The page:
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Home Bar Design – Part 2 by Vishpala Hundekari

Home Bar Design – Part 1

Anatomy of a Bar

A great home bar is one that is great looking, functionally effective and optimum on space. All of us have seen bars which fail on one of these three dimensions. Building one that excels on all three outcomes needs a thorough understanding of the anatomy of a bar and making some critical choices upfront.

Dry or Wet: The first choice thing to make is if you want a dry bar or a wet bar. A wet bar comes with a sink, and you need to make sure you lay a water line to the place you’re planning to put the bar right at the construction phase of your home. The construction of wet bar gets little complicated and it requires more space. So, unless there is a really compelling reason, it’s easier to go for a dry bar with storage and a counter to serve drinks.

Bar Counter: The surface on which the drinks are made and served is called the bar counter. Ideally from an ergonomics point of view you should have a lower counter which is 30″ to 34″ high and a higher counter which is 40″ to 42″ high. The lower counter is the perfect place to slice lemons, set bottles, mix drinks or install a bar sink. If you are using wooden top then make sure you apply epoxy layers on the top to make it water resistant. You can add an element of interest by making the counter in stone, glass, concrete which is water resistant and hence ideal for the counter. The higher counter or the serving counter hides the mess on the mixing counter, adds to the style and is perfect for standing or to use the bar stools.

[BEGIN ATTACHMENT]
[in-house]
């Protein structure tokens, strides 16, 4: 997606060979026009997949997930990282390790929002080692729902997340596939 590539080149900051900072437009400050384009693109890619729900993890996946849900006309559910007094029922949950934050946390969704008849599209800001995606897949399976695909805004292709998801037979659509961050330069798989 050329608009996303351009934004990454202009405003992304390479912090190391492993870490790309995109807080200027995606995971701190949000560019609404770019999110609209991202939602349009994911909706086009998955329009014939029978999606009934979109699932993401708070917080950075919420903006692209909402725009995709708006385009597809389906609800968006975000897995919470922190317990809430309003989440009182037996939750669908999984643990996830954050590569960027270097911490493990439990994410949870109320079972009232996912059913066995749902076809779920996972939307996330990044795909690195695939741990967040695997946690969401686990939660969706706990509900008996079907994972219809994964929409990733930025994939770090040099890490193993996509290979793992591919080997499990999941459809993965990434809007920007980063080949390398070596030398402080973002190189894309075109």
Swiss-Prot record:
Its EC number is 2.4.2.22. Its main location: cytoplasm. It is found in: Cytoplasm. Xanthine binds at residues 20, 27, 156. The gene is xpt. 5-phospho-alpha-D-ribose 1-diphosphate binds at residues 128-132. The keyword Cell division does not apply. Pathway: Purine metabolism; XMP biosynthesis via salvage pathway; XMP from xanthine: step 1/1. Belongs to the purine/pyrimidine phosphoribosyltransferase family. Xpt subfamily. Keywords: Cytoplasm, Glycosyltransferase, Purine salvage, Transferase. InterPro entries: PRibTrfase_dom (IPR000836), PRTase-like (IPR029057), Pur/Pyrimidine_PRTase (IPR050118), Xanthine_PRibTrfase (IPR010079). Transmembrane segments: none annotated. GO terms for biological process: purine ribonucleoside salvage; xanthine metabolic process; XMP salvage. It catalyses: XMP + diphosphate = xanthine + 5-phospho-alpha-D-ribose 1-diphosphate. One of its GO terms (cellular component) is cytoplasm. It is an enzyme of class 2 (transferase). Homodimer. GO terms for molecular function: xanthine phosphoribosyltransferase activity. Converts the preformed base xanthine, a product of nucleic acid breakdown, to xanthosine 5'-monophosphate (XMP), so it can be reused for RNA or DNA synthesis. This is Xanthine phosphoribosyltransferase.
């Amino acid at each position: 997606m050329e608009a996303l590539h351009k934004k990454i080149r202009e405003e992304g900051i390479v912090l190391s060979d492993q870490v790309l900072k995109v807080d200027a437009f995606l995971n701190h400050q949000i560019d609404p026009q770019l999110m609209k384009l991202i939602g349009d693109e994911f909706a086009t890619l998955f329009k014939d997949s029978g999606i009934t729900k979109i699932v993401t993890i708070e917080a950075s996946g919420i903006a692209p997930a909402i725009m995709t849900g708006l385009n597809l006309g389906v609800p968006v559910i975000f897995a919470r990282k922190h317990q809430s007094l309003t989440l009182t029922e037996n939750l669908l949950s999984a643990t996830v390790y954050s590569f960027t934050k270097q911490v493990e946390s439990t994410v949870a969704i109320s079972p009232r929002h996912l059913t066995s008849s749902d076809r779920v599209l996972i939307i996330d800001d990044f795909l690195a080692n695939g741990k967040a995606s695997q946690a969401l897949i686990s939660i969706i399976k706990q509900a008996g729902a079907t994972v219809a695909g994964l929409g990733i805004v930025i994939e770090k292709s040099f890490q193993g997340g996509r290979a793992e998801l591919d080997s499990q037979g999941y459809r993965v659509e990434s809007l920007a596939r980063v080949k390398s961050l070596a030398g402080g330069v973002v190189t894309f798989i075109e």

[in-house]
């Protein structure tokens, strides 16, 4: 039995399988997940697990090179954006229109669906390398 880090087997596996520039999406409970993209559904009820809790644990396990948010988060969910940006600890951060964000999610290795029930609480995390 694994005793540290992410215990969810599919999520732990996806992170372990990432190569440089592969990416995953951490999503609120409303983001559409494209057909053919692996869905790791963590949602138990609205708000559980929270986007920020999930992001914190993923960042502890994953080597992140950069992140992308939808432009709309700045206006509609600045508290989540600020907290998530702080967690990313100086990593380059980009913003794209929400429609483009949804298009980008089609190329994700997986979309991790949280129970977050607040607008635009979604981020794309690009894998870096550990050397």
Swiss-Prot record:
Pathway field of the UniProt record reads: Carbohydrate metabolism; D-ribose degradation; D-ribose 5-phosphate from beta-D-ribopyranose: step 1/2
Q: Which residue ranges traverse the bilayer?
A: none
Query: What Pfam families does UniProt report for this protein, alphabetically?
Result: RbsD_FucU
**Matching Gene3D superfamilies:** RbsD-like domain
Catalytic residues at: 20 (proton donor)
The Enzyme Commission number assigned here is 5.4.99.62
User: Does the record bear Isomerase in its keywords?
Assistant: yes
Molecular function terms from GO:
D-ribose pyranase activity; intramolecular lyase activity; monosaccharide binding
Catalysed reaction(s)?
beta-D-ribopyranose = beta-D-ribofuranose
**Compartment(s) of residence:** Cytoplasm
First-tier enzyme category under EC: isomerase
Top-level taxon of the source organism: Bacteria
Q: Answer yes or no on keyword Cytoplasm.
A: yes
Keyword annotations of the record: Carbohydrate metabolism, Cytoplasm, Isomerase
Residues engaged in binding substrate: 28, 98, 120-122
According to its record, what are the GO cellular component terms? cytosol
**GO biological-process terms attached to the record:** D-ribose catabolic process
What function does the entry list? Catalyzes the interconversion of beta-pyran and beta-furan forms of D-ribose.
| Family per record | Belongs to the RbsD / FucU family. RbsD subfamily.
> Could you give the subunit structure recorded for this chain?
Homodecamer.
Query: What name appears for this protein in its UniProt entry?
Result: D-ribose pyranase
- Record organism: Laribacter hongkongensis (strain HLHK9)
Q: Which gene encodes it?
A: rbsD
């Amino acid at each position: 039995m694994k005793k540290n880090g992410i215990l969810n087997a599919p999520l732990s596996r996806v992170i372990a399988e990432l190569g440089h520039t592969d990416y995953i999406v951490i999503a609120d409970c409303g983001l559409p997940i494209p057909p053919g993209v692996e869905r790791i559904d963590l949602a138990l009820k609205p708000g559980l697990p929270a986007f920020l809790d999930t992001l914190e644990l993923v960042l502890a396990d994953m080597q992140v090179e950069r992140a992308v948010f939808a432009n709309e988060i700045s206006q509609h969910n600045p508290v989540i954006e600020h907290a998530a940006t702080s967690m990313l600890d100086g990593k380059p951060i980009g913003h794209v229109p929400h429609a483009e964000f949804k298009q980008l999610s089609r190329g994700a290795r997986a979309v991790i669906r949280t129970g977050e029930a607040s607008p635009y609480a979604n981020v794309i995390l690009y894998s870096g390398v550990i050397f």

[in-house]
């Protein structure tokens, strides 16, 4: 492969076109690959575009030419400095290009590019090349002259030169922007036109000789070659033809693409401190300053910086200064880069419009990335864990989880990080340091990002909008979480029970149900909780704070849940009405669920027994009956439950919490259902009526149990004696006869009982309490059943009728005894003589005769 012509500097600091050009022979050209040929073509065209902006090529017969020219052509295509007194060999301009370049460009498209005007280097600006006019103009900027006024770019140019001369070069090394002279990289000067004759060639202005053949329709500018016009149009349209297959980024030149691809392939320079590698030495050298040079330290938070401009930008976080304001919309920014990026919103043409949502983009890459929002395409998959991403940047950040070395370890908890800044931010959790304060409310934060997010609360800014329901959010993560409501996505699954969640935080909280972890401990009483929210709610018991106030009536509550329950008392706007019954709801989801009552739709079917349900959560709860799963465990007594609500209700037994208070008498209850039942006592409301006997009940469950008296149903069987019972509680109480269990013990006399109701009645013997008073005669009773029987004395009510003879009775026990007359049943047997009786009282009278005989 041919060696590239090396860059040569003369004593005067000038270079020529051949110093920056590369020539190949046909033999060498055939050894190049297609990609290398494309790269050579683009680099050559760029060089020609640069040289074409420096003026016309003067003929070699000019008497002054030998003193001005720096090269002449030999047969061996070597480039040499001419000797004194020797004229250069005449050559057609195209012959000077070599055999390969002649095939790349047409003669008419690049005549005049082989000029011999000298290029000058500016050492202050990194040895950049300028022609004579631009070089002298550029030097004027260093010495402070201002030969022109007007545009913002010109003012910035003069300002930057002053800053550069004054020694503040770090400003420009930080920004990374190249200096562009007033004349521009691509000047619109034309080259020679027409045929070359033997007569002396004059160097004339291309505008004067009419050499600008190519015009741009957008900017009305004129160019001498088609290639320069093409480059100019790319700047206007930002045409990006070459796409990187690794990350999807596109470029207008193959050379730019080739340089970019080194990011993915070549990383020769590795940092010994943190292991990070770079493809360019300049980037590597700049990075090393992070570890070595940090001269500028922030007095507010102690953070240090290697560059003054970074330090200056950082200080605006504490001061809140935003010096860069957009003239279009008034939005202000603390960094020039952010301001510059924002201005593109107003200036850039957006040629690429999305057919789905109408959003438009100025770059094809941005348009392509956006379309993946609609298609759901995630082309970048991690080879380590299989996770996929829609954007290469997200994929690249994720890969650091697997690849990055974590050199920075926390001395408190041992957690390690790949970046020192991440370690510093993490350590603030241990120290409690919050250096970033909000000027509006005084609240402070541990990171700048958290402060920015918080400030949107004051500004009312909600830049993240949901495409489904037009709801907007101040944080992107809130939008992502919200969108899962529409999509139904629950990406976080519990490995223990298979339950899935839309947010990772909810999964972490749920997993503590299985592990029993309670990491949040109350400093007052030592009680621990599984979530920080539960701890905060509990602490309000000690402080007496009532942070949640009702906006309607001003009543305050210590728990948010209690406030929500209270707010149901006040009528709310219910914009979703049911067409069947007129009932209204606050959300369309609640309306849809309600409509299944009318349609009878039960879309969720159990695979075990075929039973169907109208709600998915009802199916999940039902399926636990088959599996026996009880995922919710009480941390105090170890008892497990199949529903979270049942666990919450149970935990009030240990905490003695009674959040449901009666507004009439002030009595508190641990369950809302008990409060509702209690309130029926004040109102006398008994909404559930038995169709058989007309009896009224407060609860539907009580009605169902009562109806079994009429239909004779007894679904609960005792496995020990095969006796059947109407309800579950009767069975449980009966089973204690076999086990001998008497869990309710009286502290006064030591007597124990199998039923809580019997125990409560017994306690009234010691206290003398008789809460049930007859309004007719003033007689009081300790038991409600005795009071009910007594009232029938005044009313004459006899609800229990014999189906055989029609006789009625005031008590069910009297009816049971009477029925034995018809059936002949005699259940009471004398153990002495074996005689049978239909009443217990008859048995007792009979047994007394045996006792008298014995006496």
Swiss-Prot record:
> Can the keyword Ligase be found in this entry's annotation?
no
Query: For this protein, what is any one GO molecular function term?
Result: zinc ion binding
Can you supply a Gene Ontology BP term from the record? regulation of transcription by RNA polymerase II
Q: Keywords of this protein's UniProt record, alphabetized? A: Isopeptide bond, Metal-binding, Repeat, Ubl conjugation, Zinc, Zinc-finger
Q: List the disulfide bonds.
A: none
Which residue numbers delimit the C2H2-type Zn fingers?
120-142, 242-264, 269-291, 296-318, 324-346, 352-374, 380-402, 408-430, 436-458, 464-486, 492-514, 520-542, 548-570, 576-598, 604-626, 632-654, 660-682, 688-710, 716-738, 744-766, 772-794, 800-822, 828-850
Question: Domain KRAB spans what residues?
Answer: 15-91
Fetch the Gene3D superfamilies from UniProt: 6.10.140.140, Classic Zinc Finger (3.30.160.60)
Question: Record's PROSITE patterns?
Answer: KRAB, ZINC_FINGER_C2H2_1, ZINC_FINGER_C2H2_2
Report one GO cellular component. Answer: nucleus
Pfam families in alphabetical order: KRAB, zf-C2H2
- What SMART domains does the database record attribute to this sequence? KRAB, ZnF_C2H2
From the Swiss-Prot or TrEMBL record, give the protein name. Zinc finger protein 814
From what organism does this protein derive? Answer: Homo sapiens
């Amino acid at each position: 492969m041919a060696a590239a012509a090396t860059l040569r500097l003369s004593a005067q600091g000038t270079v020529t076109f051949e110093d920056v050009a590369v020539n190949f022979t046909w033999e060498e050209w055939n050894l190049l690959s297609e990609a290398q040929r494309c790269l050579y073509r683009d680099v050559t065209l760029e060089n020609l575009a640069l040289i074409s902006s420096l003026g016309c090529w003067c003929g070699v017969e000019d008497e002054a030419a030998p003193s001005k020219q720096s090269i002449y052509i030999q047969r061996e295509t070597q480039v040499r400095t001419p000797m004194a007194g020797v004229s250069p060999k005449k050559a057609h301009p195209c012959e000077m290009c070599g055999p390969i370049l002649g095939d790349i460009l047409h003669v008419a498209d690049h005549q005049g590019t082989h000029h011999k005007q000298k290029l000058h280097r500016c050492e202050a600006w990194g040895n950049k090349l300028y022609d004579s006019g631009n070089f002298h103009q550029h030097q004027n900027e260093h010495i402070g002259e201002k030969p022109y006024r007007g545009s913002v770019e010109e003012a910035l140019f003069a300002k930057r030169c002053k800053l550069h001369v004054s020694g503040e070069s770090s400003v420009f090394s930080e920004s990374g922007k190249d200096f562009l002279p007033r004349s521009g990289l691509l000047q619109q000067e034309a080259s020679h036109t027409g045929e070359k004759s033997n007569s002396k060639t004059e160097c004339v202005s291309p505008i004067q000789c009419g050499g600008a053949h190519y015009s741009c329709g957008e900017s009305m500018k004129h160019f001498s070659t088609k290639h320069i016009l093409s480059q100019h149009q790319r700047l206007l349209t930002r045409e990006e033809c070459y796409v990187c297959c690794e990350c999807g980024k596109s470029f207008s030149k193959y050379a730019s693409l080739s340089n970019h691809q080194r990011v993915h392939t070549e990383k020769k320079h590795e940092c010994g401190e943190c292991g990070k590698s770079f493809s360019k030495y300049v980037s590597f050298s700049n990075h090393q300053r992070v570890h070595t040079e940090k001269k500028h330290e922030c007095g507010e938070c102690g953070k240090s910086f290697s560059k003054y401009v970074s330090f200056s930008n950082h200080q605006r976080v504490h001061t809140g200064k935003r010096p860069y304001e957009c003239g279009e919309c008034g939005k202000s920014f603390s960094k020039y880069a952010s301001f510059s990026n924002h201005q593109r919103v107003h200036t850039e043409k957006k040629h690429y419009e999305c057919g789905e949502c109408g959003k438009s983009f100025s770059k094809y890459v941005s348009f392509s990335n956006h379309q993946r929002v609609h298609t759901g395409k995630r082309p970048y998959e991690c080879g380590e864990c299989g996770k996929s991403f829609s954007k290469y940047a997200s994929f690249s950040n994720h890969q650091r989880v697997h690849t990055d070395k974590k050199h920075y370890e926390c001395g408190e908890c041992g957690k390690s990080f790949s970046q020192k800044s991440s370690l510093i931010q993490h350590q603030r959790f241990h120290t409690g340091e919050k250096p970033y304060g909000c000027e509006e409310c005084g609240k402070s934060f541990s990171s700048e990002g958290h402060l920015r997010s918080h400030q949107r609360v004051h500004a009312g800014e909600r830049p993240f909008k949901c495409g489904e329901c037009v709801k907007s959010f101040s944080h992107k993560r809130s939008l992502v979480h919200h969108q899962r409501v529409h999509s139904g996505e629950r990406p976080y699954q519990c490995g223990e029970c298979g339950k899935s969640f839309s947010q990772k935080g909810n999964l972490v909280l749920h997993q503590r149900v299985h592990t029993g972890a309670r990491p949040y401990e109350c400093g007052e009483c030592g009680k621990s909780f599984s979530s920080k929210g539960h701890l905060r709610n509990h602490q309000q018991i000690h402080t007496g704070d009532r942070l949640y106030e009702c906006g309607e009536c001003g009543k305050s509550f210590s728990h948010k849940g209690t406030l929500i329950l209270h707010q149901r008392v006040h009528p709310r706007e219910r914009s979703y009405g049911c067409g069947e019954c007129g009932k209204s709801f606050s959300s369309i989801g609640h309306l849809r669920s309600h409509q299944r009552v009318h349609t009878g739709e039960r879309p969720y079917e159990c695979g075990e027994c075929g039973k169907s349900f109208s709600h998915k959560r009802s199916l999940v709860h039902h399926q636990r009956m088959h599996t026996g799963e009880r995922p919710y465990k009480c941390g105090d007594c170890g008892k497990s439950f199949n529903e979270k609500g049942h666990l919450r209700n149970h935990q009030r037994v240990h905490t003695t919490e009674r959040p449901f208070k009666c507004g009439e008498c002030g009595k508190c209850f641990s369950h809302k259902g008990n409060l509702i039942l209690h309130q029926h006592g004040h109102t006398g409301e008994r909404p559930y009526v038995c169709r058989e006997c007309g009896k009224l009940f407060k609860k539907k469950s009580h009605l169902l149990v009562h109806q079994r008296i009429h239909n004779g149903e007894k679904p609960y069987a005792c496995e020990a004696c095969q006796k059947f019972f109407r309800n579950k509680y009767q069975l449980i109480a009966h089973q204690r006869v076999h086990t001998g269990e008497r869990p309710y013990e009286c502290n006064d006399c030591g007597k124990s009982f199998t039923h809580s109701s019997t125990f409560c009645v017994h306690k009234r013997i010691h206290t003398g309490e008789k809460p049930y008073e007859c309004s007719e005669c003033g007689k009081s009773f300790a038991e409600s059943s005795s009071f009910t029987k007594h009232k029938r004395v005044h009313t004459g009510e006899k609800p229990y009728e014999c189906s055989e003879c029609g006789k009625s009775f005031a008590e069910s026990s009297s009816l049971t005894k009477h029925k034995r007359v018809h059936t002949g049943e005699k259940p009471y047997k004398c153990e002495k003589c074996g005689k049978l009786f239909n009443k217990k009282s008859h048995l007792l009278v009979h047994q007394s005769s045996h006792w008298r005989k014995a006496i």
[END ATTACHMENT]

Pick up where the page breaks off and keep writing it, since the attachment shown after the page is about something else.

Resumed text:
Storage: You need shelving for storing beer, wine, mixers, vodka, gin, rum, whiskey, bourbon, tequila, schnapps, triple sec, scotch, serving glasses and bar accessories. You need 2 heights of shelves for stocking all your alcohol bottles and mixers apart from the horizontal rack/storage for your wine. The smaller bottles are typically 9″ to 10″ tall so to store your beer, mixers, Old Monk, Baileys, etc a clear height of 11″ to 12″ is enough. The bottles of Whisky and Single malt which are little taller need a clear shelf height of 15″.

A drawer is ideal for storing the smaller items like the cork screws, cocktail shakers, bar mats, bottle openers, bottle spouts, straws, toothpicks, cocktail napkins, glass markers and stirrers. You can use the dividers inside to keep the drawer clutter free. Keep space for the garnishes on the lower or the mixing counter. The most commonly used garnishing are lemon and orange wedges, cherries, celery stalks, olives, fruit juices and ice in a pail or icebox. In case you are running short of counter space a movable trolley comes in handy for all the storage for a big event at home.